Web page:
If I were you, I'd talk to the powers that be after year 2 and see if they'll let you break your commitment without any bad blood if you'd lateral to another USAO. It's not like you're breaking the commitment to lateral to a firm. The reason I am saying this is because if you're too senior, you'll be a really expensive hire for the USAO (each office has an independent budget for hires) and it could sink your chances. It is really difficult to get any USAO to hire line assistants any more than 6 years out.

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Re: Is there value to clerking for senior lawyers?

Postby Anonymous User » Tue Oct 10, 2017 10:21 am

Anonymous User wrote:
Anonymous User wrote:I'm a relatively new AUSA in a large city but not a hyper competitive district. I'm between 3-5 years out from law school.

Before this, I worked at a very well regarded DC boutique, not an elite like W&C or Kellogg Huber, but still well regarded. Got lucky getting to the boutique which is what helped me get to my current AUSA job. I don't have great law school stats -- top 1/3 of my t20 and some decent extra currics but nothing crazy (published 1 article in an T6 main journal, EIC of secondary journal, Mock trial champ). I definitely out performed my academic stats up to this point.

I think if I clerked, I could come back to my current position (not guaranteed but I'm well liked so I think its very likely assuming an opening). I wouldn't do this until after my 3 year commitment ends.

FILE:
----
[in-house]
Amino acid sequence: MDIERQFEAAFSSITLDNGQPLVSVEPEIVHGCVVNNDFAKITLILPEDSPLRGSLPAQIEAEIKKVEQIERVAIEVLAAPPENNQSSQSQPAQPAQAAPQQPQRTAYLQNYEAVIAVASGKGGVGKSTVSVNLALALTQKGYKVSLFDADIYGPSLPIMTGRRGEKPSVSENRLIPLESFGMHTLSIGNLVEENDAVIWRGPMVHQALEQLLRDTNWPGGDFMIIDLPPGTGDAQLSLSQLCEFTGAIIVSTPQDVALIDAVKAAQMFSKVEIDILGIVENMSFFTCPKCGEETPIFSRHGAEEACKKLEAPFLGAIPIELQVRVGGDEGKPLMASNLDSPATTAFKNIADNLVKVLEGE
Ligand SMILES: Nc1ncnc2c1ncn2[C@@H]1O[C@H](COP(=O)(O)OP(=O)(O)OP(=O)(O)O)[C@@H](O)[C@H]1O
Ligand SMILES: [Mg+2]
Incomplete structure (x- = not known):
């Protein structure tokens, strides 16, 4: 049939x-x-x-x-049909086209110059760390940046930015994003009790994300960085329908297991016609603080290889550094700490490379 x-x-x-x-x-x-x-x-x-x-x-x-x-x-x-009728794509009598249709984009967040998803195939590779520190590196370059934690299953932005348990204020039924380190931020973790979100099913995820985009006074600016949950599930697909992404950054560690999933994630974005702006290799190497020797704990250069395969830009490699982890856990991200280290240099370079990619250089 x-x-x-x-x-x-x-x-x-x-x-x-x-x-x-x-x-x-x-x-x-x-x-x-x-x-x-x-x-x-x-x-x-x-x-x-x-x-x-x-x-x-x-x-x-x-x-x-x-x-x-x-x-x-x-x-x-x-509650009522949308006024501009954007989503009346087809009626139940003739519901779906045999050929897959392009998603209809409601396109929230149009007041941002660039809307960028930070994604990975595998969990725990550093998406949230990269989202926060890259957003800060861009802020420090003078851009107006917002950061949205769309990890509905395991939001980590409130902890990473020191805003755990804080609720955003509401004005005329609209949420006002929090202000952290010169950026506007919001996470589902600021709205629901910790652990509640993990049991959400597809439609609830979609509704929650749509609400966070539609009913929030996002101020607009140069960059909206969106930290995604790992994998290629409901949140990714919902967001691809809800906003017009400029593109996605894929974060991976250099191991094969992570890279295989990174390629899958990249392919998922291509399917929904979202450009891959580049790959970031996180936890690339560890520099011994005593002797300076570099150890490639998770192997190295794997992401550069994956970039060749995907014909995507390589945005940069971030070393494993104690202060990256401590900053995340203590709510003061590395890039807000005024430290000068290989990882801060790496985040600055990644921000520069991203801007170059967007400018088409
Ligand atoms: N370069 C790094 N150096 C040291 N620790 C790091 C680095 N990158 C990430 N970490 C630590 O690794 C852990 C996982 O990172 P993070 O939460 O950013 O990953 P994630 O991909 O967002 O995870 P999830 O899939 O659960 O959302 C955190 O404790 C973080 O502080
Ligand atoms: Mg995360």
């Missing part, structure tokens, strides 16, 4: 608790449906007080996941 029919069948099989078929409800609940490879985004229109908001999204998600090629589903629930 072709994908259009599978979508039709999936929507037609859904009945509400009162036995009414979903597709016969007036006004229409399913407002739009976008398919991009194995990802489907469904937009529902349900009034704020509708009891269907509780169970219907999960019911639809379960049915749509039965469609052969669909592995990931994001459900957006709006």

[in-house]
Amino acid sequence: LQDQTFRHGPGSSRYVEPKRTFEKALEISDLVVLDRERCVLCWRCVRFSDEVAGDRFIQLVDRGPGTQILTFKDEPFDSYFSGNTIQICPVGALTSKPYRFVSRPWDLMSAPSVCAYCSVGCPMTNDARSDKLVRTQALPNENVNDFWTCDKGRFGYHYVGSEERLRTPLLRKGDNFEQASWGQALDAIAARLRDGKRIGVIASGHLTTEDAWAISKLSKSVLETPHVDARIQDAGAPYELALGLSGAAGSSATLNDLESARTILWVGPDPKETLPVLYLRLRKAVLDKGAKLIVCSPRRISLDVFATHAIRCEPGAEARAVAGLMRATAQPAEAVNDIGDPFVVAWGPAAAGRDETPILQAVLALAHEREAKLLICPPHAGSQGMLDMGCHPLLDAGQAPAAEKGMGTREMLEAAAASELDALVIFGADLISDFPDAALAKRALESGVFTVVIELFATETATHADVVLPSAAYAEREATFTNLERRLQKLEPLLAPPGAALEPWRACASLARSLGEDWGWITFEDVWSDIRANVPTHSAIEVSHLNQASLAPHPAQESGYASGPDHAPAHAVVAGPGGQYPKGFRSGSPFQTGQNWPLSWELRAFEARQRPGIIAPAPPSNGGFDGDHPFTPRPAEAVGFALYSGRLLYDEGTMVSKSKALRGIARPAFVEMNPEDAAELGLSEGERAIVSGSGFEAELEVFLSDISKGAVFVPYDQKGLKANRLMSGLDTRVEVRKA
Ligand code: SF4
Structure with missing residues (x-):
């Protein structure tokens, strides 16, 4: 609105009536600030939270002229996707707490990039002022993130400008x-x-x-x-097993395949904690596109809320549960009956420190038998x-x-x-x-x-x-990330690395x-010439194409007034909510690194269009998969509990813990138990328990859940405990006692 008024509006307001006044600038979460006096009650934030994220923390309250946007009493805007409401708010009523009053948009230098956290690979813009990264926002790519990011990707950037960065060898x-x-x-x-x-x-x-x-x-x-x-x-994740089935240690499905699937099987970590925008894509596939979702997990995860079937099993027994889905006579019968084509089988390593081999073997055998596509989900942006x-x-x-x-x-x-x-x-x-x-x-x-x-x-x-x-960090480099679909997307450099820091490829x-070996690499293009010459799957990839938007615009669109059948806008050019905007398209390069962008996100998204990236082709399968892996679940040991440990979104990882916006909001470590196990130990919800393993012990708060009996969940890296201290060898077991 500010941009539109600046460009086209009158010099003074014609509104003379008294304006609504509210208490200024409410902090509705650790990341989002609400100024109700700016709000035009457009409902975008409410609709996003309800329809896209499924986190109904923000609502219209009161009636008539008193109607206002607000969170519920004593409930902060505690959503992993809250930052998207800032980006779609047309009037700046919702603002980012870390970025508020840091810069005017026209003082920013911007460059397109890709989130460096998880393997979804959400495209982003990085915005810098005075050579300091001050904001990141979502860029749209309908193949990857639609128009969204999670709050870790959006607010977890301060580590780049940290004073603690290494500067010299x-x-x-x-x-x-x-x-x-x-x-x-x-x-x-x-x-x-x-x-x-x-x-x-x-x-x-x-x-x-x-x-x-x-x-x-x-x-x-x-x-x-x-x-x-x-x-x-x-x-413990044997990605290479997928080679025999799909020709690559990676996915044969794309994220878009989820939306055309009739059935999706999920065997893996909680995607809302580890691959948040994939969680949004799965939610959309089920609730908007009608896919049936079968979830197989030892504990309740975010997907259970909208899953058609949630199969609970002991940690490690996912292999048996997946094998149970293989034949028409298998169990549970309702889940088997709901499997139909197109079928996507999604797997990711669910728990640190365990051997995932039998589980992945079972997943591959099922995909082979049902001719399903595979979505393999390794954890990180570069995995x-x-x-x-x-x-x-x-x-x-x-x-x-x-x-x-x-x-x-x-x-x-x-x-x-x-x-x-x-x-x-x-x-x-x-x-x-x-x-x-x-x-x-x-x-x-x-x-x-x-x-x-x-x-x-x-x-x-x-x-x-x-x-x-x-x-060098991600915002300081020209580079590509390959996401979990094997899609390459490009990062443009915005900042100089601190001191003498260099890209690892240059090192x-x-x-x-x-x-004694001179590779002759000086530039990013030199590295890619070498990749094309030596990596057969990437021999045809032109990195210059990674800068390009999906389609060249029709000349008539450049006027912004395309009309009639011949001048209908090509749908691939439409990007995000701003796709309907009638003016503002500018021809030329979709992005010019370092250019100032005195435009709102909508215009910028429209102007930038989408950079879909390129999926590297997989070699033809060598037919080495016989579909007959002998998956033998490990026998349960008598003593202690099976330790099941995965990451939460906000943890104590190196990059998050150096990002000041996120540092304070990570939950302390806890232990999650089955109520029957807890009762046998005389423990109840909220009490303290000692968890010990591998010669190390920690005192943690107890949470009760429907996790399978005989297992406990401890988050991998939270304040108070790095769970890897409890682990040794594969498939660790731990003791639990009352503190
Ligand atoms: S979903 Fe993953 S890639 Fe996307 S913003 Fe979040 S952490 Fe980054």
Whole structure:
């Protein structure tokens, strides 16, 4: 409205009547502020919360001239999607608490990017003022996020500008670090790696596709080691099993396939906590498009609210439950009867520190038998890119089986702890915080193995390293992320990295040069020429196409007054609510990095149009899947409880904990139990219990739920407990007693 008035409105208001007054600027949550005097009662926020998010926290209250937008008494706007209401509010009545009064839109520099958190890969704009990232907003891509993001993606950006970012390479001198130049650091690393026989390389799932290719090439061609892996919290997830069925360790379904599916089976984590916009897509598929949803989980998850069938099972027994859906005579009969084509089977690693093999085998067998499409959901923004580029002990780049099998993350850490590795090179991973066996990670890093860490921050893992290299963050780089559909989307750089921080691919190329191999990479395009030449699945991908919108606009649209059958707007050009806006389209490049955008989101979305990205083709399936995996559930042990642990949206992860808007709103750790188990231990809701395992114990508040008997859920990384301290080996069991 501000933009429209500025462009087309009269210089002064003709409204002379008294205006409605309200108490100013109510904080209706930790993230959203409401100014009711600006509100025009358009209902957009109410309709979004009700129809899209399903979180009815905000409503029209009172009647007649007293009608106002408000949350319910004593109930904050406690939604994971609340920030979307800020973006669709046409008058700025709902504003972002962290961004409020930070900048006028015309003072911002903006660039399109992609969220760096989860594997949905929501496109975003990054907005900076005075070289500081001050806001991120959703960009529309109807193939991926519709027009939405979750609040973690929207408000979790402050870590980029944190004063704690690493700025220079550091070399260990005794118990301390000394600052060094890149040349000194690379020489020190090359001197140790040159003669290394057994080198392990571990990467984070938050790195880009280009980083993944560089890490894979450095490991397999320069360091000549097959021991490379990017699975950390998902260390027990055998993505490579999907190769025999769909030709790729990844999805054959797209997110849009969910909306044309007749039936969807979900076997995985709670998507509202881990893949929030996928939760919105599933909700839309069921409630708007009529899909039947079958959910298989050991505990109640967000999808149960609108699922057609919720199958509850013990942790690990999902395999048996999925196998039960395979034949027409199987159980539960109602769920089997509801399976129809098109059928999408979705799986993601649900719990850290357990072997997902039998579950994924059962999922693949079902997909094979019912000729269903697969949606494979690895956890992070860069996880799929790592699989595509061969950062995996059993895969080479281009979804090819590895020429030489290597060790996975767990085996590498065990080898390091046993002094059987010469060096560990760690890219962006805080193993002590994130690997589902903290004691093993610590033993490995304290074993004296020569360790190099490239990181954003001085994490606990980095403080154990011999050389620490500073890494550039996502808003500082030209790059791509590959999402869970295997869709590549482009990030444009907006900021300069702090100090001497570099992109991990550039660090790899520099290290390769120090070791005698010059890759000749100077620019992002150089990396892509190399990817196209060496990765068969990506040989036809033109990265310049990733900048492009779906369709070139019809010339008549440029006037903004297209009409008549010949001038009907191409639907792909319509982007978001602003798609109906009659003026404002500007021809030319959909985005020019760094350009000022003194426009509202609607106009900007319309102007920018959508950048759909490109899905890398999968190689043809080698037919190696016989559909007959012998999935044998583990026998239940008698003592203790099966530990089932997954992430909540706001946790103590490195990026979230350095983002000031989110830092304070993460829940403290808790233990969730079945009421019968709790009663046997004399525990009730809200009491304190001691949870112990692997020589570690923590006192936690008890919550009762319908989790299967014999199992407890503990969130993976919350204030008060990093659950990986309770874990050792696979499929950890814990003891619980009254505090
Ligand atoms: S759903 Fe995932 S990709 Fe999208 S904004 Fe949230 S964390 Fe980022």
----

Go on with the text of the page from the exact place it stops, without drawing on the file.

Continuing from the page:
My medium-term goal is to get to be an AUSA at a competitive district (think NDCA, SDNY, EDNY, NDIL, CDCA, where I'm from).

Should I still clerk?


Did you already clerk? I only ask because working at a lit boutique and being an AUSA in a large city often are the two jobs that require clerking. In any event, clerking adds almost zero value to your future career prospects now that you're (presumably) a trial attorney in federal court. You can try lateraling directly into the AUSA office you want to be in or going to a firm in that city for a year and then trying to lateral in.

If I were you, I'd talk to the powers that be after year 2 and see if they'll let you break your commitment without any bad blood if you'd lateral to another USAO. It's not like you're breaking the commitment to lateral to a firm. The reason I am saying this is because if you're too senior, you'll be a really expensive hire for the USAO (each office has an independent budget for hires) and it could sink your chances. It is really difficult to get any USAO to hire line assistants any more than 6 years out.


I'm not sure this is true for all offices. I've seen the USAOs in CA regularly hire people more than 6 years out, both from inside and outside of the DOJ.

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Re: Is there value to clerking for senior lawyers?

Postby Anonymous User » Tue Oct 10, 2017 10:27 am

I've also seen a number of AUSA hires of people more than 6 years out, but admittedly not at one of the major offices the OP originally cites - more "flyover" districts that hire a lot of state prosecutors.

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Re: Is there value to clerking for senior lawyers?

Postby Anonymous User » Tue Oct 10, 2017 10:30 am